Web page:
The latest round of demonstrations in Egypt may jeopardize an already slow tourism recovery following the Arab Spring nearly two years ago.
Tour operators’ Egypt bookings dropped dramatically following the February 2011 uprising that ousted Egyptian President Hosni Mubarak. Since then their Egypt business has increased slowly but steadily.
But those gains may be derailed by protests that flared Nov. 23 against what many Egyptians consider a power grab by President Mohamed Morsi.
Damper on travel
“It will take a little while longer now,” Will Weber, director of Journeys International, said of the recovery. “Let’s wait awhile and see what’s going to happen. But I’m afraid this will be more of a damper on people going to Egypt now.
“We will be suggesting people consider other destinations now and [save] Egypt for a next trip,” Weber told Travel Market Report. “Still, I’m sure tourists would be safe. It’s an internal matter, not anti-American.”
The U.S. State Department currently has several “travel advisories” regarding travel to Egypt, but has not issued a more-severe “travel warning,” which would recommend that Americans avoid or consider the risk of travel to a particular country.
At Insight Vacations, president Marc Kazlauskas said, “It’s too soon to tell if there will be any cancellations but this latest development hasn’t impacted tourists.”
Abercrombie & Kent operated several programs to Egypt in November, “very successfully and without any interruptions,” a spokeswoman said.
“No A&K guests were affected in any way by the [latest] disturbances, and all tours were completed as scheduled, including tours to the Egyptian Museum in Tahrir Square.”
The spokeswoman said the company expects to continue all its tours as scheduled.
“It’s important for travel agents to put the situation in perspective,” she said. “More than 150,000 North Americans visited Egypt in the last year.”
But as James Berkeley, president of boutique wholesaler Destinations and Adventures International, said of the latest unrest, “none of this is good for tourism.”
Berkeley, whose company operates custom trips, said he hadn’t received any calls following the latest unrest, “although I expect one or two. I will tell clients to take a deep breath, and let’s see what happens.”
After the Arab Spring
Just before the latest protests, Berkeley told Travel Market Report that Egypt travel had “hit the nadir and is coming back.”
But the recovery has been slow. According to the Egyptian government’s statistics bureau, 5 million tourists visited the country in the first half of 2012. That represents a 23% increase over the same period in 2011. But in 2011, only 10.2 million tourists visited Egypt, down 32% from the record year of 2010.
Journeys International’s Egypt bookings were down by 25% to 35% from pre-Arab Spring levels but have been inching up, Weber reported. The bulk of the fall-off was for groups; adventurous individual clients continued to travel to the country, he said. Journeys hasn’t made any changes in its itineraries or lowered prices.
At Insight Vacations, bookings and requests for brochures have been up, but not dramatically, said Kazlauskas, in an interview before the latest disturbances. The company also hasn’t altered any of its nine Egypt itineraries.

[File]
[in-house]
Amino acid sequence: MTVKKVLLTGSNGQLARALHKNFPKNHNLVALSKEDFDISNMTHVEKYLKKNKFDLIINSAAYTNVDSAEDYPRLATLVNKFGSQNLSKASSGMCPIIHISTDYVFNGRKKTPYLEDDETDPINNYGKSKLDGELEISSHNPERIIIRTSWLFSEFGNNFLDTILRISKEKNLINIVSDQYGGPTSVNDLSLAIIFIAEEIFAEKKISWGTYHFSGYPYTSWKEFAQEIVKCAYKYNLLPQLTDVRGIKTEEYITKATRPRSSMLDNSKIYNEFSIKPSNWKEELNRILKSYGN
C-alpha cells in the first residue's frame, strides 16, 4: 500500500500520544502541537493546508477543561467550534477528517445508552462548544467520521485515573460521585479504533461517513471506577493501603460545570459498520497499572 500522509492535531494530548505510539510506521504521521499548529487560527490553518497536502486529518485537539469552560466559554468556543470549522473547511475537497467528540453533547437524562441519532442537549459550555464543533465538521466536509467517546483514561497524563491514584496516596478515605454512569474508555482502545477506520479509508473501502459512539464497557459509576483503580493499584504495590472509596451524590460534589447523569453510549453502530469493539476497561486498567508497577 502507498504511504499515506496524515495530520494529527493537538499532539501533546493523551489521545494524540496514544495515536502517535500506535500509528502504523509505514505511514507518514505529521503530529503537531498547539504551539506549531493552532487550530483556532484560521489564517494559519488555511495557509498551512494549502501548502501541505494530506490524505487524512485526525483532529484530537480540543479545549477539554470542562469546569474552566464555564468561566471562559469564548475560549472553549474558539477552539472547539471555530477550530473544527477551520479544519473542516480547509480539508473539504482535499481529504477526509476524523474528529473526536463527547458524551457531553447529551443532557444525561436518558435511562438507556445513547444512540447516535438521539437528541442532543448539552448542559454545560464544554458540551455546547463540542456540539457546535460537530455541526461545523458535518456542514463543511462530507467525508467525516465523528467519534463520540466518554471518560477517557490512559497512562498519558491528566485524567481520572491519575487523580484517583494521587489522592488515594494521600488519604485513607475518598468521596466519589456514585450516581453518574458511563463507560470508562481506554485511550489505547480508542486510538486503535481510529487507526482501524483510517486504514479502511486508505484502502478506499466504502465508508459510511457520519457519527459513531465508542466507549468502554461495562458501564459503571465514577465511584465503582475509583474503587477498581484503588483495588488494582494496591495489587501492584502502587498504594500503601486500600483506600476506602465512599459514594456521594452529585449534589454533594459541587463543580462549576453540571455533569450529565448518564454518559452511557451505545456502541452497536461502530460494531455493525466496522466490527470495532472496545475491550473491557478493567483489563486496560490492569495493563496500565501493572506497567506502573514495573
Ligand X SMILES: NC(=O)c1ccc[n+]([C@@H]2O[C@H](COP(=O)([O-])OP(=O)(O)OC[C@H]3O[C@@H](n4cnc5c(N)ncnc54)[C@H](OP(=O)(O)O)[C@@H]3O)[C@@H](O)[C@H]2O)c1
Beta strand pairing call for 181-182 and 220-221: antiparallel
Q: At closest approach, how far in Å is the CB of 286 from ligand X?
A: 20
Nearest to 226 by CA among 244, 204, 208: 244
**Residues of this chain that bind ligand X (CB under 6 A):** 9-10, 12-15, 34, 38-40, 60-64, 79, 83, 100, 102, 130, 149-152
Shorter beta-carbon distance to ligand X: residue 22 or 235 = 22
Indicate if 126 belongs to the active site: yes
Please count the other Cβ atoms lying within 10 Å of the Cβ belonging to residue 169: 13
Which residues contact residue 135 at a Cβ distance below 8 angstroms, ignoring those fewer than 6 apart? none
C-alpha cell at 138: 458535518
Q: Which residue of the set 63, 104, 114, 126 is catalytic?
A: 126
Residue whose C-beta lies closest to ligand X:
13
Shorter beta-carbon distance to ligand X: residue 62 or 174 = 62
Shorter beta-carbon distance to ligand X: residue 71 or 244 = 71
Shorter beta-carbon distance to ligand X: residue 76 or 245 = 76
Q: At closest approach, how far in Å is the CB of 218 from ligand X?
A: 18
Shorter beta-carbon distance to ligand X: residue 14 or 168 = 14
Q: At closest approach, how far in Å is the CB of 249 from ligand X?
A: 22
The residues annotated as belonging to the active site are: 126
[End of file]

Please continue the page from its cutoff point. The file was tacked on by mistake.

“International clients are still traveling; it’s the American tourists that dropped off precipitously,” Kazlauskas said. In addition to Americans, Insight sells to travelers in the U.K., Australia and New Zealand.
Destinations and Adventures’ Egypt bookings fell by 80% to 90% after the Arab Spring, Berkeley said. But this year, “we’ve seen a steady stream of travelers trickling back.
“We also had a good spike for December and January holiday bookings, along with encouraging bookings for the first and second quarter of 2013.”
Abercrombie & Kent experienced enough of an increase in demand for Egypt this year to add 14 additional small group departures, in addition to the 34 previously announced. It has also introduced three new programs for 2013.
At the Globus Family of Brands, Egypt business fell off by roughly 50% after the Arab spring, according to Steve Born, vice president of marketing.“We’ve reclaimed a large portion of that, but not all,” he said. “I can’t say we’ve recovered, but it’s been slow and steady.”
Tourists ‘come back happy’
Insight’s Kazlauskas said tourists that have been to Egypt recently “have come back happy.”
“Everyone we’ve sent over the last two years said any pre-trip anxiety was unfounded,” he said. “Service levels are through the roof, and there are no crowds. Prices have also come down a bit although it’s not a fire sale.”
At Destinations and Adventures, Berkeley said in fact there were “some incredible deals,” as the drop in demand led to lower prices. The last year or so has actually been a good time to go to Egypt, he added.
“Everyone who went said they should never have worried,” Berkeley said. “The Egyptians met them with open arms, there was no one at the sites and they were upgraded at all properties.”
Committed to Egypt
Tour operators are, in general, taking the long view of travel to Egypt.
“We’re committed to the region and we haven’t backed off that,” said Globus’ Born. “We experienced growth before the Arab Spring. Now it’s a matter of making sure the market is ready.”
Of the current troubles, Destination’s Berkeley said that, “like anything in Egypt, the situation is complicated.
Egypt may take awhile to transition to democracy but “the Egyptians are a measured people,” Berkeley said. “In the end, that will trump the interim excitement.”